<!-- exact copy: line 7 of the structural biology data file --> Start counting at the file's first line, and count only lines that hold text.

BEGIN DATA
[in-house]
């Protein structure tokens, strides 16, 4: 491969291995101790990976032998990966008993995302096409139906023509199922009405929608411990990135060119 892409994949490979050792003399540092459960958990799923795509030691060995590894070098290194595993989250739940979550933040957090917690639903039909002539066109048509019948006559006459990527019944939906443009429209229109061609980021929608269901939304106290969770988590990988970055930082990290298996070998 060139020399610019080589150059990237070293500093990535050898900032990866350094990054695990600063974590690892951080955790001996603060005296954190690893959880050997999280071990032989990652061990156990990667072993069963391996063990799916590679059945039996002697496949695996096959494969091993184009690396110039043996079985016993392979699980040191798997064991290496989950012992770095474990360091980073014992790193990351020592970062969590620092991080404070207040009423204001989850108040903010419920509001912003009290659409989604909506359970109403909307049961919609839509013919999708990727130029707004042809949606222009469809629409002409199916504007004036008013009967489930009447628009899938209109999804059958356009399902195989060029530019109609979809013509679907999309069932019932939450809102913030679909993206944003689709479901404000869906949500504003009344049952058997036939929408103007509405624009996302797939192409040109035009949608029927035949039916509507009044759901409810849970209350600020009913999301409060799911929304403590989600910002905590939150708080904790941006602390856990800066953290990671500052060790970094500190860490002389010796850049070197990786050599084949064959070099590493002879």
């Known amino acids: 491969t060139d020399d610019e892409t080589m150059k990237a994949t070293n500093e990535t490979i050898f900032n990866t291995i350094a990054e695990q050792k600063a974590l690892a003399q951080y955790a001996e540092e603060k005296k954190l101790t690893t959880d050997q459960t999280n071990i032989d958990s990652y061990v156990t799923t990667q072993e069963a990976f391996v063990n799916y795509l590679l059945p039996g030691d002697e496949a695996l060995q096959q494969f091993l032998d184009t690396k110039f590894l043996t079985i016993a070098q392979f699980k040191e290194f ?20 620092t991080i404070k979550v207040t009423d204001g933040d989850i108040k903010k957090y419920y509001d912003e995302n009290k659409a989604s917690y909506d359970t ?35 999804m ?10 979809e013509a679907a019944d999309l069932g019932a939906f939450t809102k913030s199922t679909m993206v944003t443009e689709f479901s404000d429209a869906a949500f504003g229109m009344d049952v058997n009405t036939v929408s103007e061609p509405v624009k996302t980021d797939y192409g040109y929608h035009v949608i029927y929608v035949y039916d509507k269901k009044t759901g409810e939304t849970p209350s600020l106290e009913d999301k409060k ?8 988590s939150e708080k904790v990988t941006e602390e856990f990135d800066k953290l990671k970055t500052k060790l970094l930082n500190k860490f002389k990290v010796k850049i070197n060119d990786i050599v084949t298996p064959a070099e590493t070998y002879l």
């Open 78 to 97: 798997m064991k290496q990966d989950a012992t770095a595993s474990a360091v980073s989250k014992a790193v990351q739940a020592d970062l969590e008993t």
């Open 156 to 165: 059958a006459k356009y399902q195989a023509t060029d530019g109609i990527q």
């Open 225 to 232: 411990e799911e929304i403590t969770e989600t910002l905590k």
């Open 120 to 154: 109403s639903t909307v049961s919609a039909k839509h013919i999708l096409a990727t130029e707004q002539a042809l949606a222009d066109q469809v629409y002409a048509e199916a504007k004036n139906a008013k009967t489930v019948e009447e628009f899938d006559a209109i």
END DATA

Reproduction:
């Open 120 to 154: 109403s639903t909307v049961s919609a039909k839509h013919i999708l096409a990727t130029e707004q002539a042809l949606a222009d066109q469809v629409y002409a048509e199916a504007k004036n139906a008013k009967t489930v019948e009447e628009f899938d006559a209109i």